Shah Mohammad Reza Pahlavi released two top leaders of the National Front opposition from detention today in a conciliatory gesture designed to ease pressure on the approach of a potentially explosive Shiite Moslem holy day.

His move also was intended to speed the long-stalled formation of a civilian Cabinet to replace the floundering military government.

Karim Sanjabi and Darius Foruhar, followers of the late nationalist Prime Minister Mohammed Mossadegh who was overthrown in a CIA-aided coup in 1953, made no statement on their release from a house run by SAVAK, Iran's dreaded security police.

They had been arrest Nov. 11 at Sanjabi's luxurious north Tehran home in front of journalists to whom Sanjabi was about to read a hard-line opposition communique.

Reflecting on Sanjab's wvisit in France with Ayatollah Ruhollah Khomeini, the exiled Shiite Moslem leader dedicated to the shah's overthrow, that communique had condemned the shah's "illegal monarchial regime" and called for a referendum to permit Iranians to decide if Pahlavi rule should continue.

Veteran observers said Sanjabi's release was the outcome of feverish efforts by the shah and the often bickering opposition to find a political compromise that so far has eluded them in the nearly year-long political crisis.

The freezing of Sanjabi, 73, and his younger associate came only hours after an announcement that the shah had ordered for Saturday the release of a further 120 political prisoners and 352 other Iranians sentenced by military courts to mark international Human Rights Day.

Saturday is the eve of the two-day mourning period marking the anniversary of the death of Hossein, the founder of Shiite Islam. This year, Khomeini has turned the observance into total confrontation with the shah.

A three-day-old strike that Khomeini called among oil workers has reduced production from a normal 6 million barrels a day to 2.9 million barrels, with a further decrease predicted. Each million barrels of unsold oil represent the loss of about $12.5 million in foreign exchange.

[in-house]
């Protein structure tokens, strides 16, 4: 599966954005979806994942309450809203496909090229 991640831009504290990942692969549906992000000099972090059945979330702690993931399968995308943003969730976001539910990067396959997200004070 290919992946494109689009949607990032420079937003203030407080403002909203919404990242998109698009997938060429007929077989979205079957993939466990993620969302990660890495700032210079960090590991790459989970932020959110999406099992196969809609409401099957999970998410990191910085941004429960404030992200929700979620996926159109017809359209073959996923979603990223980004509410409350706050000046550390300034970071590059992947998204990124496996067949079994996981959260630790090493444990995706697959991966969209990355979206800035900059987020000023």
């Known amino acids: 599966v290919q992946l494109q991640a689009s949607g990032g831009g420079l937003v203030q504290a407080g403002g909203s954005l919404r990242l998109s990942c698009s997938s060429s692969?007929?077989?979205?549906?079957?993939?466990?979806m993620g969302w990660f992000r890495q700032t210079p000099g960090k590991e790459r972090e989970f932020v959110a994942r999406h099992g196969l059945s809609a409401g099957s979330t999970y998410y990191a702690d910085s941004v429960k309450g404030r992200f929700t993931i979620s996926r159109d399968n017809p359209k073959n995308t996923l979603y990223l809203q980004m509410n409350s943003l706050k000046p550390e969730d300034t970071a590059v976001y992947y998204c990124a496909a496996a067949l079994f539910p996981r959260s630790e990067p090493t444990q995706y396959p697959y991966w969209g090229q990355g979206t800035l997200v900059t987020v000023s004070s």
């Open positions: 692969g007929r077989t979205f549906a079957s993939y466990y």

The shah's gestures reflected fears of major voilence and bloodshed over the mourning period, which starts Saturday at dusk and ends 48 hours later. They also seemed designed to ease formation of a civilian government acceptable to the domestic political opposition.

Its principal task would be organize free elections within six months. Left unsaid was the assumption that in the process the shah would cease to run Iran as a one-man show and become a constitutional monarch who reigns but does not rule.

Opposition leaders who had been willing to settle for such a deal earlier increasingly have begun to demand that the shah abdicate in favor of his 18-year-old son, Crown Prince Reza.

The very formation of a civilian government would mark the first serious blow to Khomeini's increasing prestige and influence in Iran.

The 78-year-old religious leader has opposed any dealings with the shah or his family - or for, that matter any election under the constitution, which he wants scrapped to make way for a yet ill-defined Islamic republic.

Still unclear is whether the divided, but democratically, inclined domestic oppostiion would dare risk Khomeini's wrath by thus advertising its privately expressed differences with him. So far, there has been silence for fear of losing public support.